Quote Message: I cannot see a high turnout in the next election, as a direct result of this and other things as well. And that's a sad thing. We had an opportunity to grab some of that interest back in politics and we've blown it. I think it's a really sad day. from Deputy Andrew Lewis
    Deputy Andrew Lewis
  8. Channel Island politicians talk Brexit in Brussels

    Rob England

    BBC News Online

    The Chief Minister of Guernsey, Deputy Gavin St Pier, and the Minister for External Relations of Jersey, Senator Sir Philip Bailhache, have today travelled to Brussels to meet with European Union Commissioner Sir Julian King and Sir Tim Barrow, the UK Permanent Representative to the EU.

    UK and EU flags merging

    A spokesman for the delegation said the main topic of discussion was "EU security objectives", and the contributions the Channel Islands is making to the "countering of financial crime and the funding of terrorism".

    But Deputy Gavin St Pier said Brexit was also mentioned in the trip.

    Deputy St Pier said: "We used this opportunity not just to learn more about the EU current thinking on Brexit but also to discuss the work being undertaken to develop a list of non-cooperative jurisdictions in relation to taxation and the future of EU market access."

    The Ministers also attended a dinner hosted by Sir Tim Barrow at his official residence in Brussels.

    Senator Bailhache said: "We greatly valued the opportunity to meet with Sir Tim Barrow to discuss a number of important and pressing issues, in particular in relation to Brexit.

    "Deputy St Pier and I welcomed the positive working relationship built up by our Brussels office with Sir Tim and his team at the UK permanent representation and their willingness to engage with the Channel Islands."

  9. Jersey no confidence vote: Who signed?

    Rob England

    BBC News Online

    Lodged by Constable Chris Taylor, the initial signatories were Deputy Martin of St. Helier, Deputy Vallois of St. John and Deputy Brée of St. Clement.

    Constable Taylor also received 10 further signatures:

    signatures
  10. Police issue warning after rise in drug use

    Rob England

    BBC News Online

    There is a reported rise in the use of the drug Gabapentin in Guernsey, police said.

    The drug is a prescription-only medicine not controlled by the Misuse of Drugs Act, and police say they suspect much of the Gabapentin in circulation is being "diverted" from lawful prescriptions.

    Guernsey

    Police said users saw the drug as "just another downer" similar to Diazepam, with similar effects such as extreme drowsiness, relaxation, users being "more talkative" and having "increased confidence".

    Negative effects include poor co-ordination, increased vulnerability and an increased risk of overdose. Police have also issued a warning that the withdrawal effects of Gabapentin can be significant and difficult to alleviate.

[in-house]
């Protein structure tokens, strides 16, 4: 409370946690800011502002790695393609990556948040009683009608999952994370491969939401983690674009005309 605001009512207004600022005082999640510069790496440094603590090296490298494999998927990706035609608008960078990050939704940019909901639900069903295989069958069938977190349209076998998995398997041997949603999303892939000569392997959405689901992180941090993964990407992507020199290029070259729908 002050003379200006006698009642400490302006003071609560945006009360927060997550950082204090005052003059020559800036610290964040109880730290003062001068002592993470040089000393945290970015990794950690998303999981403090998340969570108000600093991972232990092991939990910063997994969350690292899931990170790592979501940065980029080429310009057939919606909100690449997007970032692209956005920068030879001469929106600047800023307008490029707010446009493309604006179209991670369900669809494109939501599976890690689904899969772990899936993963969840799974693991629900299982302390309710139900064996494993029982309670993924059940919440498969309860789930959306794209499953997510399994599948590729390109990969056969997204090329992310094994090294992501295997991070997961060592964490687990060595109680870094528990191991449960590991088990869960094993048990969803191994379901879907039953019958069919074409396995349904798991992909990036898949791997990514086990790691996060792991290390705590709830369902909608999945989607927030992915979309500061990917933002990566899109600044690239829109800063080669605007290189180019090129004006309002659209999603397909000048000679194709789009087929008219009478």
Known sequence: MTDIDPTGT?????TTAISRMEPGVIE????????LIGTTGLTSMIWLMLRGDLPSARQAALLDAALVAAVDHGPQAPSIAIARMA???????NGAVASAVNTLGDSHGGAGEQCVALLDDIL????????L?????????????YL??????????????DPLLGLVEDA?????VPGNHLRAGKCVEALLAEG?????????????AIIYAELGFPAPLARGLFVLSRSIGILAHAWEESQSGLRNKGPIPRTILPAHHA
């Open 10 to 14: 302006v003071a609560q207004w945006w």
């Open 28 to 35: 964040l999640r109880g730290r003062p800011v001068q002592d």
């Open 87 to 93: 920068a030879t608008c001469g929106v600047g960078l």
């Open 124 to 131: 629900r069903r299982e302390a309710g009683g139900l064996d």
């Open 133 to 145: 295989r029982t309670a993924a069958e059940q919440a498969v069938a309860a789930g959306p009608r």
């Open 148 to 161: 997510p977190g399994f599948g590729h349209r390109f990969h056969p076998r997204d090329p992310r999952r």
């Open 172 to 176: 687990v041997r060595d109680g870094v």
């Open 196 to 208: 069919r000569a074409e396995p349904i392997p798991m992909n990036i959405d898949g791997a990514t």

They also said that despite not being a controlled substance, distributing prescription medication such as Gabapentin was illegal.

  11. Chief minister vote of no confidence has 14 signatures

    BBC Radio Jersey

    The Constable of St John has brought a vote of no confidence in Jersey's chief minister.

    States members are expected to debate the proposal on 21 June.

    Constable Chris Taylor collected 14 signatures, six short of the 20 he had planned, but said there were "issues" around getting assistant ministers to sign, saying it would put their positions in Senator Gorst's Council of Ministers at risk.

    He added that the vote was not a "personal" attack on Senator Gorst.

    Chris Taylor
    Quote Message: It's a matter of poor decision making over a period of time which has led to the current position. This is a series of poor decisions, the poor interpretation of the Jessica Seymour Inquiry, the very poor leadership over the funding of the hospital, and more recently the decision of reinstating his assistant minister. from Constable Chris Taylor
    Constable Chris Taylor
  12. Jersey Triathlon calls for volunteers

    Rob England

    BBC News Online

    Organisers of the Jersey Triathlon are calling for 40 volunteers to help as race route marshals on Sunday 9 July.

    Four-hundred-and-fifty competitors are set to take part in the event which starts and finishes at Les Jardins De La Mer.

    A spokesman from the event said: "Volunteers do not need any previous experience, just to be free for two to four hours on the morning of 9 July.

    "They must be over 18 on the day of the race, or part of a recognised group under the supervision of a leader who is."

  13. Channel Islands 'will not benefit' from EU lower mobile roaming charges

    Rob England

    BBC News Online

    Jersey Telecoms has said their customers will not benefit from new lower EU roaming rates coming into force on the 15 June.

    However, the provider has said that in the coming months separate negotiations with EU networks will see better roaming rates than currently offered, although they are likely not to be able to match the EU deal.

    Jersey Telecom
  14. Where are Ian Gorst and Gavin St Pier today?

    Rob England

    BBC News Online

    If you've been tuning in to our coverage of the States Assembly meetings in both Jersey and Guernsey today, you may have noticed that Chief Minister Senator Ian Gorst and President of the Policy and Resources Committee Gavin St Pier are not in attendance.

    They are in fact on their way to Paris to sign an "important tax agreement" which 100 countries are subscribing to in a bid to tackle tax avoidance around the world.

    View more on twitter
    View more on twitter
  15. Missing man: Police 'becoming increasingly concerned'

    Jersey Evening Post

    Police searching for a 49-year-old man who has been missing for a week say they don’t believe there has been any ‘third-party involvement’ in the disappearance.

  16. Memorial bench damage causes 'distress'

    Rob England

    BBC News Online

    A memorial bench set up by an 82-year-old Guernsey resident in memory of her late husband has been damaged, said police.

    Memorial bench

    The words "Mia and Nathan" decorated with hearts have been engraved multiple times on the same spot on the bench next to Amarreurs Bay at the western end of L’Ancresse Common.

    Police said the widow and her family were "distressed" to find the engraving, which appeared in the last couple of months.

    engraving

    They said it had cost the family £3,000 to have the bench installed, and that the elderly resident visited it twice a day to clean it and pick up rubbish in the surrounding area.

    Police are appealing for information.